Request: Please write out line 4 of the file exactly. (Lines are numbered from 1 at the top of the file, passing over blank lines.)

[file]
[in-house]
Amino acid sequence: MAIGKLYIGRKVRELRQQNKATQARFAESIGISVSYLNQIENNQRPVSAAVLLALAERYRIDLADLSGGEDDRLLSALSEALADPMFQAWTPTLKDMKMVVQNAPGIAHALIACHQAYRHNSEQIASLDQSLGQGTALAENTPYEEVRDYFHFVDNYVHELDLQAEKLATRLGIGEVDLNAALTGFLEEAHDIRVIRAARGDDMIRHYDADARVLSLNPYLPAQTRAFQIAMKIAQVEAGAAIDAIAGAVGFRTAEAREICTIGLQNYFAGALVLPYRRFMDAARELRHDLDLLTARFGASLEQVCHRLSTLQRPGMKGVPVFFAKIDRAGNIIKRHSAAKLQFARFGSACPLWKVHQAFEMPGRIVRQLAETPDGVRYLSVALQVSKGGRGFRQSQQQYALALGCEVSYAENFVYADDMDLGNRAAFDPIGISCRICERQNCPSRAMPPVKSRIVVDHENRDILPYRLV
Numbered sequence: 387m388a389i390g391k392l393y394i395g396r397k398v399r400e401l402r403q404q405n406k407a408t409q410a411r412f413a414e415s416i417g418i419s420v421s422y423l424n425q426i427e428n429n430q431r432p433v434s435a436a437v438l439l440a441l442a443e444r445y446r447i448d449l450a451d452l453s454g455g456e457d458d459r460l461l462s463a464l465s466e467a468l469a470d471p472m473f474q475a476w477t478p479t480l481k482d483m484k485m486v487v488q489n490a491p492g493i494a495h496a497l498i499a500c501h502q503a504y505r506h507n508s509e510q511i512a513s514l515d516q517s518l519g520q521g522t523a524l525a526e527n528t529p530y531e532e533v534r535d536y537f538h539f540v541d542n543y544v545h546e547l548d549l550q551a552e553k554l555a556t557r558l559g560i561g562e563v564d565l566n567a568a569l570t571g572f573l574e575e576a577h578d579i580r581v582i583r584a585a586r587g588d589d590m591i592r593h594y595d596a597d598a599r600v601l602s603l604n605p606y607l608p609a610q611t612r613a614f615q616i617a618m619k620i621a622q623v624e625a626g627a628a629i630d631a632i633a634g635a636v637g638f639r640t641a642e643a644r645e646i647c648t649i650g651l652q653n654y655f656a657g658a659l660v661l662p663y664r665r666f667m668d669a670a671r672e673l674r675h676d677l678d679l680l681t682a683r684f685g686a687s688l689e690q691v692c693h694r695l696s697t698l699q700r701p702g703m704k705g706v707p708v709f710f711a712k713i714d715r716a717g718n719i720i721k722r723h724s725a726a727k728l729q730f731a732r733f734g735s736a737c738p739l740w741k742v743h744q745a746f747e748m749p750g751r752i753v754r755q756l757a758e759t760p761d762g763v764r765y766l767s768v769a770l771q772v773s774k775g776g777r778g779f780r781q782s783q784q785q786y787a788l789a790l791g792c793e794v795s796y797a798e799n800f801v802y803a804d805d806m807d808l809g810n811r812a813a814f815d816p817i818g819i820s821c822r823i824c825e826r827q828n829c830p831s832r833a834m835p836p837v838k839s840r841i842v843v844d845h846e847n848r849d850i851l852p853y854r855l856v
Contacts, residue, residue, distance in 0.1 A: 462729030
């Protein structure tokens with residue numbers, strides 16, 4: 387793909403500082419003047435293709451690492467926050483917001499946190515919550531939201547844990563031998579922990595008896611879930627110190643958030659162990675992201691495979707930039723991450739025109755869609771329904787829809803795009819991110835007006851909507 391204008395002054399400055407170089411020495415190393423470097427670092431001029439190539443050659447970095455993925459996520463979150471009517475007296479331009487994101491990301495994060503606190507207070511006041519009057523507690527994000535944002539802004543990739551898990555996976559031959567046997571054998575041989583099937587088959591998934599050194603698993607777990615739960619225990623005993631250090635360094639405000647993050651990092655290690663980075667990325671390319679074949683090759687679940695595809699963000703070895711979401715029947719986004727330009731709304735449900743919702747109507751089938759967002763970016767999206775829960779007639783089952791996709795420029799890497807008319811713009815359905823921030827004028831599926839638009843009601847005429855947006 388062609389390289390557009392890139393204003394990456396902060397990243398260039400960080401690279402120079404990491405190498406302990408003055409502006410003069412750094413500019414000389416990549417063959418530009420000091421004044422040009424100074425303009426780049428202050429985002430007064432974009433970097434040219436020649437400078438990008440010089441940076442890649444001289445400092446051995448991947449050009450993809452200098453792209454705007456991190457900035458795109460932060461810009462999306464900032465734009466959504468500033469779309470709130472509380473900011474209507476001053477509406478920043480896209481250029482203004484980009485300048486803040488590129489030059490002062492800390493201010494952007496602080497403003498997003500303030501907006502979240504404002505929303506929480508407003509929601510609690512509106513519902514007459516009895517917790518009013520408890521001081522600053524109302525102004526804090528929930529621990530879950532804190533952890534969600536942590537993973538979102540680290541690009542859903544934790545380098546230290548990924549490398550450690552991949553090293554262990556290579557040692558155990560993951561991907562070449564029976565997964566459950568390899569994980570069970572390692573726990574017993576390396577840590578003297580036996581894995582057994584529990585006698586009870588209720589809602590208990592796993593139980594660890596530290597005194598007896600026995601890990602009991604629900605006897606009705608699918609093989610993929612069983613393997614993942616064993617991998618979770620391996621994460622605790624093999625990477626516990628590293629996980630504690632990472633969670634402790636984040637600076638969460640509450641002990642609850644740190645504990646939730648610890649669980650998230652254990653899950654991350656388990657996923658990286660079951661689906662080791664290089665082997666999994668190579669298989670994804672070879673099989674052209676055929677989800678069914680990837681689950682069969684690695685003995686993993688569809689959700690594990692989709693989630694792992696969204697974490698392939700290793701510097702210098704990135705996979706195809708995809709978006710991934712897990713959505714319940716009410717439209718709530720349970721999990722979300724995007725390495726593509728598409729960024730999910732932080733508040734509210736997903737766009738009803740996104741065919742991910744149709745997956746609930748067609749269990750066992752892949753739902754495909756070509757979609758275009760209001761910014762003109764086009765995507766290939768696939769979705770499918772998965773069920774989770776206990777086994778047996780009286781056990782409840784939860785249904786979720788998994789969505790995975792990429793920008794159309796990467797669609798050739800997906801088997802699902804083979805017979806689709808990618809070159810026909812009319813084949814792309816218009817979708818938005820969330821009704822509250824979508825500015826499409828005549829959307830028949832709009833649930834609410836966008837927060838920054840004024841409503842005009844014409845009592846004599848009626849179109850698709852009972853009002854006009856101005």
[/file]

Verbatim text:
Contacts, residue, residue, distance in 0.1 A: 462729030